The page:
How is phonics involved in the science of reading?

While the science of reading is not limited to the idea of phonics, it acknowledges that phonics is an important component in early, effective reading education. Phonics, the study of relationships between sounds and written language, is an essential aspect of teaching students with learning differences to read. Orton-Gillingham is a widely recognized science of reading method that maintains the focus on multi-sensory techniques that combine the teaching of both reading and spelling simultaneously. Although phonics requires direct instruction and multiple repetitions, teachers can utilize many engaging techniques to keep the learner focused and energized while they master challenging skills. Developing a strong understanding of phonics complements the other facets involved in the science of reading.

What else is involved in the science of reading?

The science of reading also incorporates phoneme awareness, or the awareness of sounds that make up spoken words. Improving phoneme awareness is crucial to connecting phonics and spelling instruction, making it possible for students to decode in order to read and spell unknown words. Additionally, the science of reading recognizes the importance of language and reading comprehension. This aspect focuses on building vocabulary and background knowledge for students to readily interpret and understand as they read. Any effective reading curriculum must also explicitly develop comprehension skills, with emphasis on the direct teaching of strategies such as summarizing, synthesizing, and inferencing. A well-designed reading program will teach the following foundational skills in a structured approach:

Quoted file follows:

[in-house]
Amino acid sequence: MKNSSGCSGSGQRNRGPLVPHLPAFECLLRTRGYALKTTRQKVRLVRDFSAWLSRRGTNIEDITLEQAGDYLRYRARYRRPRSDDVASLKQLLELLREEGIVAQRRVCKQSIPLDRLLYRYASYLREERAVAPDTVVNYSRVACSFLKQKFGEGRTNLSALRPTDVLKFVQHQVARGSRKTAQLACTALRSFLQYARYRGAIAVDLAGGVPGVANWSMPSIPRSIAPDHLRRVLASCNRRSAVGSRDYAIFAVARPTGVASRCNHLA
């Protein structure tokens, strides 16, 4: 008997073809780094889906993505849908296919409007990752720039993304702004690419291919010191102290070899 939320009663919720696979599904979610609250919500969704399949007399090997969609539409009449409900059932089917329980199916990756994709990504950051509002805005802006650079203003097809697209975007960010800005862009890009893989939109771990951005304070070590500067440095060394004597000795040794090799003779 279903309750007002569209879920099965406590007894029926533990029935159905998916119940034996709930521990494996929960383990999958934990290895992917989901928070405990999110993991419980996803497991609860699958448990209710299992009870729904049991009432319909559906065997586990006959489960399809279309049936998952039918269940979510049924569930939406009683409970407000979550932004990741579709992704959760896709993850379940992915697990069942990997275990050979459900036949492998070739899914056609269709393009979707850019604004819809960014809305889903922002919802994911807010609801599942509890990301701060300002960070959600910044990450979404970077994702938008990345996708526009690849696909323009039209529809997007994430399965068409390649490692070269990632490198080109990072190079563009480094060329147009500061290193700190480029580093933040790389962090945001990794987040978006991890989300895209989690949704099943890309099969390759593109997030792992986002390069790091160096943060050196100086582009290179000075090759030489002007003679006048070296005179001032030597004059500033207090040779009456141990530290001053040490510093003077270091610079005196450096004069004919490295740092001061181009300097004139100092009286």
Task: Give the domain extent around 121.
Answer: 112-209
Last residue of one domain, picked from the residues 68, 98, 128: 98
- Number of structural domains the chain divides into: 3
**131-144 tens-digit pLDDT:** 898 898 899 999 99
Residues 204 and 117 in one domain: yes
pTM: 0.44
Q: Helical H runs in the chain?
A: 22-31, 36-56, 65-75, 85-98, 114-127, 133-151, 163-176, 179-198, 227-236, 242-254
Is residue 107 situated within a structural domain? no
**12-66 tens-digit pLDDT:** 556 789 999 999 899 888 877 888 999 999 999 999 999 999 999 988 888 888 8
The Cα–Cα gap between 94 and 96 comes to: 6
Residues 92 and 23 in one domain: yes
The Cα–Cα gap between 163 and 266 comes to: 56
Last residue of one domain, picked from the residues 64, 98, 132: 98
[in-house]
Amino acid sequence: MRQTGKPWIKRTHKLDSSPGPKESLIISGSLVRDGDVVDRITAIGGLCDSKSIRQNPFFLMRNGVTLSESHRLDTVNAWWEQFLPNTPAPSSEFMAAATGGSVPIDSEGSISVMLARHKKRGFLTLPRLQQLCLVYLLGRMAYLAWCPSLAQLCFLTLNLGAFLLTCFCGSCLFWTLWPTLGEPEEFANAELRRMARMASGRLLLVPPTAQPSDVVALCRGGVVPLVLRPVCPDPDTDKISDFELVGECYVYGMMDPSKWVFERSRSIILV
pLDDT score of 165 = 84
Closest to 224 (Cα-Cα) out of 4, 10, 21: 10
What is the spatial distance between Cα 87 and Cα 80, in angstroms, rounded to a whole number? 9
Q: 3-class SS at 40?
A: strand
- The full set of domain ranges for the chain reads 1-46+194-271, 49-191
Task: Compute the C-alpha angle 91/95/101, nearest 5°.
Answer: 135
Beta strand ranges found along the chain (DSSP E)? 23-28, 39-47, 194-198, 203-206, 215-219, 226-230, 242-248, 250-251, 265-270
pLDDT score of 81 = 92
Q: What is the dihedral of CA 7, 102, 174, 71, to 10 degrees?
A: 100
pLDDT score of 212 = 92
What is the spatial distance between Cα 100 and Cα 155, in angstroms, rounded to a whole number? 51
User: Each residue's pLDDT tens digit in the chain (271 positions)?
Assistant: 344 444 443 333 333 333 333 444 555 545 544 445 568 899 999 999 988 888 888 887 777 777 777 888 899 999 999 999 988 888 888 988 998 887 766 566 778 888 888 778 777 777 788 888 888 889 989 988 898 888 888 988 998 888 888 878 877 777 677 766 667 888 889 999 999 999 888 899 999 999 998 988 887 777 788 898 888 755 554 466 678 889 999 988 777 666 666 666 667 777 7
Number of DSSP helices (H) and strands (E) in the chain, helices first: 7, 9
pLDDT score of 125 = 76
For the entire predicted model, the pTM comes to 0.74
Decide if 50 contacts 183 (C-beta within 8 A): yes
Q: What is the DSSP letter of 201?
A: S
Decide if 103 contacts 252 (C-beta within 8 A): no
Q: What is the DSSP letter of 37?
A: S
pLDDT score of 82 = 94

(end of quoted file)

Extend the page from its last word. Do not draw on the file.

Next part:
• Phoneme awareness
  • Letter formation
  • Phonics
  • Spelling
  • Meaningful word parts
  • Comprehension

All of these aspects of the science of reading should be systematically, sequentially, and cumulatively placed in a scope and sequence that is then directly taught to students.

What is structured literacy?